As a strong proponent of minority education in a state that underfunded segregated black schools, Leevy pushed for the creation of Waverly Elementary School, Leevy Graded School (now Carver Elementary), and Booker T. Washington High School in Columbia.
Businessman, political activist. Leevy was born on May 3, 1876, in Antioch, Kershaw County. He graduated from Mather Academy in Camden and Hampton Institute in Virginia. After teaching school for a year in Lancaster, South Carolina, he moved to Columbia in 1907. Two years later, on June 23, 1910, he married Mary E. Kirkland, a fellow Kershaw County resident. The couple had four children.
In Columbia, Leevy opened a tailoring shop in 1907, and within three years this business blossomed into the Leevy Department Store, which he ran until 1930. Over the course of his career, Leevy was a founder and president of Victory Savings Bank and directed various business enterprises, including commercial hog farming, furniture sales, an auto repair shop, a beauty salon, a real estate company, and a service station. As the first African American–owned gas station in Columbia, Leevy’s station was an important stop for black travelers who were barred from white facilities during the Jim Crow era. His most enduring business was Leevy’s Funeral Home.
As a strong proponent of minority education in a state that underfunded segregated black schools, Leevy pushed for the creation of Waverly Elementary School, Leevy Graded School (now Carver Elementary), and Booker T. Washington High School in Columbia. In higher education Leevy helped to found the graduate school at South Carolina State College and served as a trustee of Claflin College.
Leevy faced his toughest challenges in politics. As a black Republican in a state then dominated by white Democrats, he ran unsuccessfully for the General Assembly twice and four times for Congress (in 1916, 1918, 1946, and 1954). In the 1940s Leevy battled the all-white South Carolina Democratic primary. “We are asking for the opportunity to exercise political rights as guaranteed by the United States Constitution,” Leevy asserted in 1944. “We are asking for representation in the corporation to which we pay taxes. . . . [We] want a share in the government. All we ask is for a man’s chance.”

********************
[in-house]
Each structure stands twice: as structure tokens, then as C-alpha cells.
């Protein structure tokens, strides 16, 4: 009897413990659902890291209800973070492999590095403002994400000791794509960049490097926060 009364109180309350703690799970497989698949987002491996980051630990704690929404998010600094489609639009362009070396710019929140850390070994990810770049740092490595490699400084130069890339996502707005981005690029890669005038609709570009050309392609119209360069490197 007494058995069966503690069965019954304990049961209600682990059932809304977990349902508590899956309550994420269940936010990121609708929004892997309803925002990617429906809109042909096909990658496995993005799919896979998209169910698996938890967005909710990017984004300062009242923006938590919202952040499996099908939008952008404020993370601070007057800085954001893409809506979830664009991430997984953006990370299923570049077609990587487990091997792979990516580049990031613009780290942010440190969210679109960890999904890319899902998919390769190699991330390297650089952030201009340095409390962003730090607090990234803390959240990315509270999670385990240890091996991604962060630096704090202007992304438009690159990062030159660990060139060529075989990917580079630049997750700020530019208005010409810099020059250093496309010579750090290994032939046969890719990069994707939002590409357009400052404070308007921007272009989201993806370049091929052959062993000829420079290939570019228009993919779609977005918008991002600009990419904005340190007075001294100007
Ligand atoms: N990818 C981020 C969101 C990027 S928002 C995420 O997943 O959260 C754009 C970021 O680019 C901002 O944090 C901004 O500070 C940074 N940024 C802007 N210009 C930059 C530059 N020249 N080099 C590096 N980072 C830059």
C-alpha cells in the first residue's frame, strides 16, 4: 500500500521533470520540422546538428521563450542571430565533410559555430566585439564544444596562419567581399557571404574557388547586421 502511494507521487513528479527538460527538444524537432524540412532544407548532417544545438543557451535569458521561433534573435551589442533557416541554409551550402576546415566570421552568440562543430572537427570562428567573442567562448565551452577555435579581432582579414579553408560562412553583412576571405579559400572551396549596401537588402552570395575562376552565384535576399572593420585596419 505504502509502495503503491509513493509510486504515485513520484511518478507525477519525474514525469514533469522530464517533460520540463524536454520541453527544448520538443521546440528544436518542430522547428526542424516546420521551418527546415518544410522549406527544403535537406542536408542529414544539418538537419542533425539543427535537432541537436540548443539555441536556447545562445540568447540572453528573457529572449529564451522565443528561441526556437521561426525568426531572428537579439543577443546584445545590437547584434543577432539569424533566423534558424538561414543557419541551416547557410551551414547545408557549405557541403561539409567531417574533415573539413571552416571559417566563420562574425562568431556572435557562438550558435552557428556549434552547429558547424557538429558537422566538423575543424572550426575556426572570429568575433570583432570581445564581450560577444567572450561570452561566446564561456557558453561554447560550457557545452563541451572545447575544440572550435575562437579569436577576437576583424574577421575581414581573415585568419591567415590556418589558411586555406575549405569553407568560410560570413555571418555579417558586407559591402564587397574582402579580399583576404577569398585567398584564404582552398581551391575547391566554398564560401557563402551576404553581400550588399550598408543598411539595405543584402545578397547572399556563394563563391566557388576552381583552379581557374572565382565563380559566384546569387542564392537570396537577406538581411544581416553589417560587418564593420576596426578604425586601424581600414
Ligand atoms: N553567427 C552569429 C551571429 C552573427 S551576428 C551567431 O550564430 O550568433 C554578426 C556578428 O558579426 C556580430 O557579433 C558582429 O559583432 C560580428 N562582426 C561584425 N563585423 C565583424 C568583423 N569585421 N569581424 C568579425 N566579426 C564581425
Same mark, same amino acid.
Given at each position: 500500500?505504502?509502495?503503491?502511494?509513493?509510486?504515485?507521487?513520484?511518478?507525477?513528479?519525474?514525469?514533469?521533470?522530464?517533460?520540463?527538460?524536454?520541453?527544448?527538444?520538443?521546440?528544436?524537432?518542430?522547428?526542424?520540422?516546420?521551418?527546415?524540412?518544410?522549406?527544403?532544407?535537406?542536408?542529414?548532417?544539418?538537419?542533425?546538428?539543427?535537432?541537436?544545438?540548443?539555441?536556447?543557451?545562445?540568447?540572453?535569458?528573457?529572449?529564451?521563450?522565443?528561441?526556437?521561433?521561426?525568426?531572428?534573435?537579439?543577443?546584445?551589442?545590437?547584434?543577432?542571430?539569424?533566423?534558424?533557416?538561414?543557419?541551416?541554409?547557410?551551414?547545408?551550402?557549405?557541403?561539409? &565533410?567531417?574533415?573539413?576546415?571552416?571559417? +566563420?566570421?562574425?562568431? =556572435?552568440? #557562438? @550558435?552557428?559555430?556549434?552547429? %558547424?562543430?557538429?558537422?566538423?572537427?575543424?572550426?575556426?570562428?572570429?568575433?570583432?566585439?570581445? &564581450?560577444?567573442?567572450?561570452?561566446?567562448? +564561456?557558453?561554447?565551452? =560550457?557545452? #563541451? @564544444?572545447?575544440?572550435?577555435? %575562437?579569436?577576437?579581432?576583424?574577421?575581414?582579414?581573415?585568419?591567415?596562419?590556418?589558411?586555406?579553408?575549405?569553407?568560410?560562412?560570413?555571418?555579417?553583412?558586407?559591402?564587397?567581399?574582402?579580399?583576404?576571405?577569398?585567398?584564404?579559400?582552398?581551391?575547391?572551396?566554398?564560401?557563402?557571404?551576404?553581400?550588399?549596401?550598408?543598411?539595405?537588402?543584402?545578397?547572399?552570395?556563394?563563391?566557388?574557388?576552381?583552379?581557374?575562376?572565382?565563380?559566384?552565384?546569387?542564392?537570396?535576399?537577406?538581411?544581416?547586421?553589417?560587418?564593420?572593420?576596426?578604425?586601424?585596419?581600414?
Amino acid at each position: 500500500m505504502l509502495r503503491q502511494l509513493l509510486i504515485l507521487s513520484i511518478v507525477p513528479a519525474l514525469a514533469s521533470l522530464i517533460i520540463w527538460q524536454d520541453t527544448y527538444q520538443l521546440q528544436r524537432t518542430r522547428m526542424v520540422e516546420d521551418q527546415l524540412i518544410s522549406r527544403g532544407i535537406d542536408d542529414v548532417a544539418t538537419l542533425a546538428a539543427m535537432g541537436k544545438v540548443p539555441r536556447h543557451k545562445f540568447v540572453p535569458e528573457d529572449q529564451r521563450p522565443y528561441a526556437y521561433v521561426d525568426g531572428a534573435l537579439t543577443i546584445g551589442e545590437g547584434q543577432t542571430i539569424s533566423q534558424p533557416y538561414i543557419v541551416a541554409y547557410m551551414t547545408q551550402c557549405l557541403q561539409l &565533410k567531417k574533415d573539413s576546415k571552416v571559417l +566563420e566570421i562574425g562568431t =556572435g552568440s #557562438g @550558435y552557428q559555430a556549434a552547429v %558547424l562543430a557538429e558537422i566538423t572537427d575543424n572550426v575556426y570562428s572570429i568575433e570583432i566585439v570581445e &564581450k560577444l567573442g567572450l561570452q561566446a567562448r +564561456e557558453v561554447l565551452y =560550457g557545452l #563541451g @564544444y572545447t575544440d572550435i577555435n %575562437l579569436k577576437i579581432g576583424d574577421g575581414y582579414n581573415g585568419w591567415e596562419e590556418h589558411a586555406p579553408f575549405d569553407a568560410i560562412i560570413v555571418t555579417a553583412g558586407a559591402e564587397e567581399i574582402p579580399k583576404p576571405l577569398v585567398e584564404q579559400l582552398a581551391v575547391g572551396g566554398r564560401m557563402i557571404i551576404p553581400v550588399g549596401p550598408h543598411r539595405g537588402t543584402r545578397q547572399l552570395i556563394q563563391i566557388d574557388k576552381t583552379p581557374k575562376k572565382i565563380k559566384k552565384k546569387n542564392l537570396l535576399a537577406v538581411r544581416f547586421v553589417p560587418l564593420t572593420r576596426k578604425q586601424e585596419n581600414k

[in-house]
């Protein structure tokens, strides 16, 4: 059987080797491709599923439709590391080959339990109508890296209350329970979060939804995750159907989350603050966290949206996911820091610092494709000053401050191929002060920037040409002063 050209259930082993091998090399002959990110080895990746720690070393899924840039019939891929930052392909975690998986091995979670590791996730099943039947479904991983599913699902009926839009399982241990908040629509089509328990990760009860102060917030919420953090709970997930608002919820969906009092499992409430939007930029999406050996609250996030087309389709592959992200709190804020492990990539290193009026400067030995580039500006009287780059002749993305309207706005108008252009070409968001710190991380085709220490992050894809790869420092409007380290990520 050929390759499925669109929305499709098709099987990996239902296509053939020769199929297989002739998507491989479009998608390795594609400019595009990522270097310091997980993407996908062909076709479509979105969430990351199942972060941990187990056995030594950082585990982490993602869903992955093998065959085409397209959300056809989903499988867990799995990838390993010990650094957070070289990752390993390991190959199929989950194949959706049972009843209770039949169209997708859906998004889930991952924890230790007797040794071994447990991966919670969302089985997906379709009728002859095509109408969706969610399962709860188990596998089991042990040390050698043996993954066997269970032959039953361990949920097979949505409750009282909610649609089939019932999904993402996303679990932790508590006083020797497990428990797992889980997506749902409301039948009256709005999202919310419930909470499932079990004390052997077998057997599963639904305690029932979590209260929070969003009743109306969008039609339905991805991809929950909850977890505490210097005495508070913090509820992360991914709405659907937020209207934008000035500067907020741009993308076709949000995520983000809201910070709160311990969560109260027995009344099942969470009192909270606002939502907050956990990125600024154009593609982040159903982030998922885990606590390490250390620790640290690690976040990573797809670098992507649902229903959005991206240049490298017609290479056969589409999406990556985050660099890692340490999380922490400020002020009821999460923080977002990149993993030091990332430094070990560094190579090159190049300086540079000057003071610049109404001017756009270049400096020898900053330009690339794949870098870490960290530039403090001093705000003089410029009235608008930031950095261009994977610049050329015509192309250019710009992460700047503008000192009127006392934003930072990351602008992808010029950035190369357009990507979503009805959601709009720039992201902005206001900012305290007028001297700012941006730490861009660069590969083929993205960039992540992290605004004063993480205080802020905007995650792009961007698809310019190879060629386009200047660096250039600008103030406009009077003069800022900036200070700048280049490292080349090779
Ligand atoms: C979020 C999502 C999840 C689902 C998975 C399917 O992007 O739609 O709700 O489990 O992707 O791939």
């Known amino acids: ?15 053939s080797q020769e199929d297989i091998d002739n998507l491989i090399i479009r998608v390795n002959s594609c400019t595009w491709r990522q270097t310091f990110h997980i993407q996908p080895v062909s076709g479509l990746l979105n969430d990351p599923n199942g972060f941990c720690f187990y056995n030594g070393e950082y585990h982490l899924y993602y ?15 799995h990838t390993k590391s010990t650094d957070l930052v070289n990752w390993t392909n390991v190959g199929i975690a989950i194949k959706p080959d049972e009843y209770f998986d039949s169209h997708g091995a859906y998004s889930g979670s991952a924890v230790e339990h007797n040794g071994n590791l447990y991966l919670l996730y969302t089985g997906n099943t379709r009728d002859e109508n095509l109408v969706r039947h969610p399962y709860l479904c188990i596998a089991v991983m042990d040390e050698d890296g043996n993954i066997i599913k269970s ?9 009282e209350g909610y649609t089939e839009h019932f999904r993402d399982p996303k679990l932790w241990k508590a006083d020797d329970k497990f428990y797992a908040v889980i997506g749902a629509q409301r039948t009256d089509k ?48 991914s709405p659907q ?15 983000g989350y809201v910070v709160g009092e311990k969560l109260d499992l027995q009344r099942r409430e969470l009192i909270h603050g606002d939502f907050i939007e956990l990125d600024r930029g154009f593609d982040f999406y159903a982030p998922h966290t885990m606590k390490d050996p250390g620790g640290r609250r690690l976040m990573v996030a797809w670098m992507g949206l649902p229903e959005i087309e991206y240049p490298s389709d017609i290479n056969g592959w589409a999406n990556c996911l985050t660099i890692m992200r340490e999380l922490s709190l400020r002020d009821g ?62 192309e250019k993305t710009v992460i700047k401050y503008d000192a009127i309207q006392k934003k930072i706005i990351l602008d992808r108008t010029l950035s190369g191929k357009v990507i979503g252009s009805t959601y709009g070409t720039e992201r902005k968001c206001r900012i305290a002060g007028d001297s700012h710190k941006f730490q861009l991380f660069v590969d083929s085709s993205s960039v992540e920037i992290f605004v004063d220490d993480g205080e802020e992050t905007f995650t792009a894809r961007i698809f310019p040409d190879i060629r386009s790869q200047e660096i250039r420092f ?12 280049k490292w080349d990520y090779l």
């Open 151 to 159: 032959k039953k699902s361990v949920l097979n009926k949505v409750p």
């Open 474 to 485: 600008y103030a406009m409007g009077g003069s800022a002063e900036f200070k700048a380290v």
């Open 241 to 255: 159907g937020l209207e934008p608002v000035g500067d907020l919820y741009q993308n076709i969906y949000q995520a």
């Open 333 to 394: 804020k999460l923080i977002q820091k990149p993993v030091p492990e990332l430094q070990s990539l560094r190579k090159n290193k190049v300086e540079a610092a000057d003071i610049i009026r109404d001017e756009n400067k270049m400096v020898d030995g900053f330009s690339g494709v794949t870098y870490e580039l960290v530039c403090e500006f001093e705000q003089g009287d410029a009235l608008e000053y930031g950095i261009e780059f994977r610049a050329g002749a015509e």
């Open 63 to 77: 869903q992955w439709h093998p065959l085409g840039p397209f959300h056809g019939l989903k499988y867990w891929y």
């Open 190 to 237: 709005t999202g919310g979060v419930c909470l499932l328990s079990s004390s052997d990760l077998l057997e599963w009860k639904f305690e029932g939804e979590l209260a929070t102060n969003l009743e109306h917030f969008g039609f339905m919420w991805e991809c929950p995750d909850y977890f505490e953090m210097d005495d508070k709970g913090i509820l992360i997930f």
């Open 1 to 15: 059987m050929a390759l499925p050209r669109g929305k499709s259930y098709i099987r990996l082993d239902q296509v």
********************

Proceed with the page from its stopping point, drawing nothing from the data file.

A staunch civil rights advocate, Leevy helped found the Columbia branch of the National Association for the Advancement of Colored People (NAACP) and served on the board of directors for the Southern Christian Leadership Council (SCLC), directed by Martin Luther King, Jr. After half a century of Republican activism, Leevy became a Democrat in 1964. Passage of the Voting Rights Act the next year ushered in a new era of biracial politics in South Carolina that enabled Leevy’s grandson, I. S. Leevy Johnson, to become one of the first African American state legislators since Reconstruction.
Leevy died on December 9, 1968, and was buried in Lincoln Cemetery, Columbia. Though he did not live to see his grandson enter the General Assembly in 1970, the election was a fitting testimonial to Leevy’s quest for minority political representation in South Carolina.
Newby, I. A. Black Carolinians: A History of Blacks in South Carolina from 1895 to 1968. Columbia: University of South Carolina Press, 1973.